Posted on November 8, 2017
Posted on November 8, 2017
By John Weller, Safina Center Fellow
Shita Prativi tried to describe her first experience seeing a bird of paradise – a Western Parotia – and started to cry. The memory was so vivid she had to turn away from the camera, and it was obvious in that moment how this soft-spoken woman had spearheaded an industry and started a grassroots movement for the protection of the Arfat Mountains in West Papua, Indonesia. Because her tears were not born of weakness, but from the strength of an internal fire that was sometimes too hot for her to touch. She loves these birds. She loves this place. And she loves the people scattered in small communities through the world’s second largest rainforest that call it home.
Shawn Heinrichs and I left our small concrete guesthouse nearly three hours before sunrise with Shita, a small procession of porters, and Eli, Shita’s current protégé. We followed the trail straight down from the small village into the thick forest for more than an hour to reach the blind, though only upon our return would I be able see and appreciate the trees. In that early hour the steep rutted trail itself demanded all of my attention. It was all I could do to keep my feet.
There are 39 species of Birds of Paradise, and most of them are dancers. Each male meticulously maintains his own dance floor, hidden deep in the forest. It is Shita’s job, and now Eli’s job, to find them. Their knowledge of the forest is exquisite. They track the birds at first by ear, eventually narrowing down an area where the dance floor might be. Once found, they build a viewing blind out of branches and leaves and clear a narrow trail by machete. And it was in one of these damp dark blinds that I understood what had made Shita cry. The forest came alive long before the light. Dozens of bird songs overlapped in an unbroken symphony. Shortly after dawn a raspy squawk announced the arrival of a Western Parotia. A jet-black bird the size of a chicken jumped into view, dipping his beak to snag a leaf that had fallen onto his dance floor during the night and flipping it disdainfully into the woods. He bounced around, likewise flipping all the other offending riffraff off of his stage. That finished, he stood in the center, paused, and then took the deepest of bows, nearly touching his cheek to the ground.
As he rose from his bow he transformed, and my breath caught in my chest. The long black feathers on his head, which had looked cumbersome as he bounced and cleaned, became a royal crown. His wings were held together in a perfectly symmetrical hoop skirt encircling his body. He flashed an iridescent shield of feathers on his throat. And then he danced, moving so fast from side to side that he looked like he was sliding on a rail, counteracting the momentum by leaning his whole body to the left as he danced to the right, to the right as he danced to the left. He looked like a top that has just been spun up between the thumb and finger and is trying to find its center. Eventually the bird did just that, finishing the performance with a subtle and explosive finale. For me it was witnessing the very front edge of evolution, the power and importance of diversity, or divinity if you want to call it that. Most locals do. In the hours that followed, before the porters returned to retrieve me from the blind and lead me out of the forest, I listened to the symphony of birds, replaying the secret dance in my head step by step, imagining all of the thousands of the secret dances that had been preformed that morning, and the stunning diversity of the forest.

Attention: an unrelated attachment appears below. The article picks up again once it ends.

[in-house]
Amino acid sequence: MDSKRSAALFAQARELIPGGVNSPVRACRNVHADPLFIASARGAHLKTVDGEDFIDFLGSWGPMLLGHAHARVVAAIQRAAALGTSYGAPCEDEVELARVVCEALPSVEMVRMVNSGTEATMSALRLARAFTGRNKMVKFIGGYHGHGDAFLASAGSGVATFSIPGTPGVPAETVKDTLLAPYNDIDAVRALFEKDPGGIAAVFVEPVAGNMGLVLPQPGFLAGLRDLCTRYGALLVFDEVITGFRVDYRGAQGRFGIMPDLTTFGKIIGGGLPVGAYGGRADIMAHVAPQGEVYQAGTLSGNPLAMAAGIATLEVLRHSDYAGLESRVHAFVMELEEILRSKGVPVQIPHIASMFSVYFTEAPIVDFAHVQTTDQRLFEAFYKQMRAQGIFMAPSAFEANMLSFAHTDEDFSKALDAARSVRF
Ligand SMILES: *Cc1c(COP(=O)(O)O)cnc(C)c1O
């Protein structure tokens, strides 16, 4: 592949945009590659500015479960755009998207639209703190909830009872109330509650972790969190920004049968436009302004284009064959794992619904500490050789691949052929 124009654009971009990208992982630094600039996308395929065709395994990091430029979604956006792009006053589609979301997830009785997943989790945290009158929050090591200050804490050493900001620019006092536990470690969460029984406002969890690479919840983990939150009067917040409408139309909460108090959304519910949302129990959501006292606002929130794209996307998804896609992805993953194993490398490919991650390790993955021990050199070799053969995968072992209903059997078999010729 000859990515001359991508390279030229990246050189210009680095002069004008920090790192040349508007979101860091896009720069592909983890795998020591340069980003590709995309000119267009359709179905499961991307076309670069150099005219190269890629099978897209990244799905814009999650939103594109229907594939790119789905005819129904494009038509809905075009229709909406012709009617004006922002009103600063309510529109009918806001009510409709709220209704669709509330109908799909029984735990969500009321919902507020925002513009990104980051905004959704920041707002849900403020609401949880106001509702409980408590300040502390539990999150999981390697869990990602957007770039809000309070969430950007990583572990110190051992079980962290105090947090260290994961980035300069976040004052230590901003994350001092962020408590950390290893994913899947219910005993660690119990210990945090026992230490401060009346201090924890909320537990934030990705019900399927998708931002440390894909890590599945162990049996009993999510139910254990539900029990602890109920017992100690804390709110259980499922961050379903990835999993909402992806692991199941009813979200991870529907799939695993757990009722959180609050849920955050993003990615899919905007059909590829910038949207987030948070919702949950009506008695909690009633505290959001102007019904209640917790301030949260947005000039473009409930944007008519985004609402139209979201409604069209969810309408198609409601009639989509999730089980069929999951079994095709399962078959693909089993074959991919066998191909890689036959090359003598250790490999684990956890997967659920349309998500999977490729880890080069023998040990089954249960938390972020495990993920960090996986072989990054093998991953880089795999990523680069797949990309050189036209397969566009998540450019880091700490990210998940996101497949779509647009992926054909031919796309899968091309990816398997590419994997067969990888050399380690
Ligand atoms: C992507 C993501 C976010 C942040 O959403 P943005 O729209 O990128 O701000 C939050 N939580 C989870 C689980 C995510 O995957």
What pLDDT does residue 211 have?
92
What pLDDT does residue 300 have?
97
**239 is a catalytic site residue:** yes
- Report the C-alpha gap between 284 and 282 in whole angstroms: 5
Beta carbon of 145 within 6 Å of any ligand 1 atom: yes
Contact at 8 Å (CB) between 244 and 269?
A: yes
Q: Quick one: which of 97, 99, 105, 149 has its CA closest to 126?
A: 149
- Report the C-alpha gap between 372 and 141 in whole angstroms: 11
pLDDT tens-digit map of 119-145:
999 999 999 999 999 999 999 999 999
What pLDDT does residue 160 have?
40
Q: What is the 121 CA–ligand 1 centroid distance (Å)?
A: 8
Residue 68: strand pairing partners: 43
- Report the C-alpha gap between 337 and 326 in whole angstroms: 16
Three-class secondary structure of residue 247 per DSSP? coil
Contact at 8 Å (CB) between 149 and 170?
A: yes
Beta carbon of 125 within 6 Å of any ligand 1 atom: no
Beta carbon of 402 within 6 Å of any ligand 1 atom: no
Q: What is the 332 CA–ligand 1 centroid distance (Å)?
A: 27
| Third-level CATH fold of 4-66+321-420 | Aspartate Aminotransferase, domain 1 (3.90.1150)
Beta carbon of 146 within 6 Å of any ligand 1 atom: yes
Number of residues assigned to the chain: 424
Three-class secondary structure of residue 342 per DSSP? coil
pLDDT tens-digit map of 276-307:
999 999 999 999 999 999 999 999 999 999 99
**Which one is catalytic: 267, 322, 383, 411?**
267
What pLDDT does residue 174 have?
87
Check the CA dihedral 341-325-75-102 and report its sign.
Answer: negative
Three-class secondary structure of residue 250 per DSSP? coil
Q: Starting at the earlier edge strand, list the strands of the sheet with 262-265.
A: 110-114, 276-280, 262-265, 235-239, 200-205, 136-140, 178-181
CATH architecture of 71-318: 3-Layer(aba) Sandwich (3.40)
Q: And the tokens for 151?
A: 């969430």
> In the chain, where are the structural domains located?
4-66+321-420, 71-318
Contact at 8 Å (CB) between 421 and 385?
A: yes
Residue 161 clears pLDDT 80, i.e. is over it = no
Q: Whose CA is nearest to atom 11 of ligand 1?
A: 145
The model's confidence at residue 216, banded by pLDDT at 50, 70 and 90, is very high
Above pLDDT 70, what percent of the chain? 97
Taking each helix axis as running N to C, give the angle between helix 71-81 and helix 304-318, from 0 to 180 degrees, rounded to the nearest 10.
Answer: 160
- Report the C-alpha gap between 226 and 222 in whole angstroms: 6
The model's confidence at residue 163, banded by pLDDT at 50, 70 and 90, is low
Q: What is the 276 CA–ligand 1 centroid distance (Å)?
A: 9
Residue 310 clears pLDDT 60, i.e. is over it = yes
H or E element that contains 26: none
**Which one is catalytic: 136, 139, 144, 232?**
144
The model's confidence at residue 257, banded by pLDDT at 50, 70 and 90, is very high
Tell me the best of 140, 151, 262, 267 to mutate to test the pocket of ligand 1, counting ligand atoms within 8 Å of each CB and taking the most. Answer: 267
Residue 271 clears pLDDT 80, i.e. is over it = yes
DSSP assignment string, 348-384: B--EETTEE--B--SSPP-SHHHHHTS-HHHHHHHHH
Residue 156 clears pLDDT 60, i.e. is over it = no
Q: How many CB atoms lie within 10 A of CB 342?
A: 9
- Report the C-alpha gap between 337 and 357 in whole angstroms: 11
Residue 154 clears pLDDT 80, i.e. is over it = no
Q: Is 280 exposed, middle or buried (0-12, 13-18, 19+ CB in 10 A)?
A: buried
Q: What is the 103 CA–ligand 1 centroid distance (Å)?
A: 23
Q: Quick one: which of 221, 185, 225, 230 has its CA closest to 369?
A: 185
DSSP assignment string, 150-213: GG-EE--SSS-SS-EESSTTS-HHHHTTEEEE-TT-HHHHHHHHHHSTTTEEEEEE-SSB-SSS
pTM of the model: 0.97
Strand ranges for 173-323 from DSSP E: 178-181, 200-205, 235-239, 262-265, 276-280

My reverie was broken not by the return of the porters, but by an all-too-familiar sound – a truck grinding gears and changing pitch from a rumble to a high whine as it fought its way up a 10% grade. Soon the noise of trucks all but drowned out the sounds of the birds.
The wide dirt road that connects this small mountain village to Manokwari on the coast did not exist 5 years ago. By and large, locals love the road, and with good reason. It provides access to markets for their vegetables and wares. It brings opportunity for better services, schools, and government support. It opens access for tourists. But the trade-off for this rapid and poorly planned development is clear. It has been cut quickly and roughly, and it clings to the sides of steep mountains, sloughing off avalanches of dirt and rock that flatten the forest all the way to the rivers that run at the bottom of each valley. It is a harrowing ride as the 4×4 navigates washboard divots, deep ruts and hubcap deep mud, swinging to avoid new landslides that have taken deep bites out of the road. Still it is much better than it was last year when I first traveled the road, and I would guess that the traffic has increased 10-fold.